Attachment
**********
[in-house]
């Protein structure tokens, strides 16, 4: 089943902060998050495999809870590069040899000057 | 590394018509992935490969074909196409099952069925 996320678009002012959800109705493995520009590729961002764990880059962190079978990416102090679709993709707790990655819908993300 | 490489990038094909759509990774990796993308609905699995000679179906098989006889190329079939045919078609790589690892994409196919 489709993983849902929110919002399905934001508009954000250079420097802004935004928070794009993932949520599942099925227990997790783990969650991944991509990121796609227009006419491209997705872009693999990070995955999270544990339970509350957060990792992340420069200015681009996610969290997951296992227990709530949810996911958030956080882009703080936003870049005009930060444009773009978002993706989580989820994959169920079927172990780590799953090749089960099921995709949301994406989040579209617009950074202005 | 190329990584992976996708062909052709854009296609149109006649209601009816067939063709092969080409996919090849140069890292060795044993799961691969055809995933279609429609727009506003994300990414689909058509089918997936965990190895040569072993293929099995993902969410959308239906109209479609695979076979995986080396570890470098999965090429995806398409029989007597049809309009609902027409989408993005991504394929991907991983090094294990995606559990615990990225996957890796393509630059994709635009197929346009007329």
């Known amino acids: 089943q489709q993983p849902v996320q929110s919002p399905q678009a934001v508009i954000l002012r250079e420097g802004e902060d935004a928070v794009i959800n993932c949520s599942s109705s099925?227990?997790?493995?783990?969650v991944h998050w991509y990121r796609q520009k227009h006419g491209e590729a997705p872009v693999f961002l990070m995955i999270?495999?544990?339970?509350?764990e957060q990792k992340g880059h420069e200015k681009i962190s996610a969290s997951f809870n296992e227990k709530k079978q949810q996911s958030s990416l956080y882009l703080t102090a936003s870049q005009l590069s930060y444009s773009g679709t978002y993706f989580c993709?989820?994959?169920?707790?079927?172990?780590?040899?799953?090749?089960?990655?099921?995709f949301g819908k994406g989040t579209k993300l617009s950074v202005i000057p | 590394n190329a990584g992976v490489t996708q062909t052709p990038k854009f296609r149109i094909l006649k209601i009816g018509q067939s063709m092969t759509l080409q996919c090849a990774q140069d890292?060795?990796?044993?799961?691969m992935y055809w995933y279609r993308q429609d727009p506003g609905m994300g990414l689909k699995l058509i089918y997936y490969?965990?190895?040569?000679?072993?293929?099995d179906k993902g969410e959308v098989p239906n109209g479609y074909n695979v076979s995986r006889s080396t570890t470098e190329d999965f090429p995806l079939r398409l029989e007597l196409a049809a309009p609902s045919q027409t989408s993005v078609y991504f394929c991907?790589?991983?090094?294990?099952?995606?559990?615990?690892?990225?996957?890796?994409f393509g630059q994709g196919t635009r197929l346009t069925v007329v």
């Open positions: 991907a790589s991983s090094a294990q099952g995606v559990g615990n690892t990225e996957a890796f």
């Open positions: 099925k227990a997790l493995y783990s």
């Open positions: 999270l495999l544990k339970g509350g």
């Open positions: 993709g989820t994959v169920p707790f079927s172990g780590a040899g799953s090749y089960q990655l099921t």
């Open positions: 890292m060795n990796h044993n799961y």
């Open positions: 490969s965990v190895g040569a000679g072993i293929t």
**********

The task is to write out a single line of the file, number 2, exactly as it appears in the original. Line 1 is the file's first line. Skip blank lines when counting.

């Protein structure tokens, strides 16, 4: 089943902060998050495999809870590069040899000057 | 590394018509992935490969074909196409099952069925 996320678009002012959800109705493995520009590729961002764990880059962190079978990416102090679709993709707790990655819908993300 | 490489990038094909759509990774990796993308609905699995000679179906098989006889190329079939045919078609790589690892994409196919 489709993983849902929110919002399905934001508009954000250079420097802004935004928070794009993932949520599942099925227990997790783990969650991944991509990121796609227009006419491209997705872009693999990070995955999270544990339970509350957060990792992340420069200015681009996610969290997951296992227990709530949810996911958030956080882009703080936003870049005009930060444009773009978002993706989580989820994959169920079927172990780590799953090749089960099921995709949301994406989040579209617009950074202005 | 190329990584992976996708062909052709854009296609149109006649209601009816067939063709092969080409996919090849140069890292060795044993799961691969055809995933279609429609727009506003994300990414689909058509089918997936965990190895040569072993293929099995993902969410959308239906109209479609695979076979995986080396570890470098999965090429995806398409029989007597049809309009609902027409989408993005991504394929991907991983090094294990995606559990615990990225996957890796393509630059994709635009197929346009007329």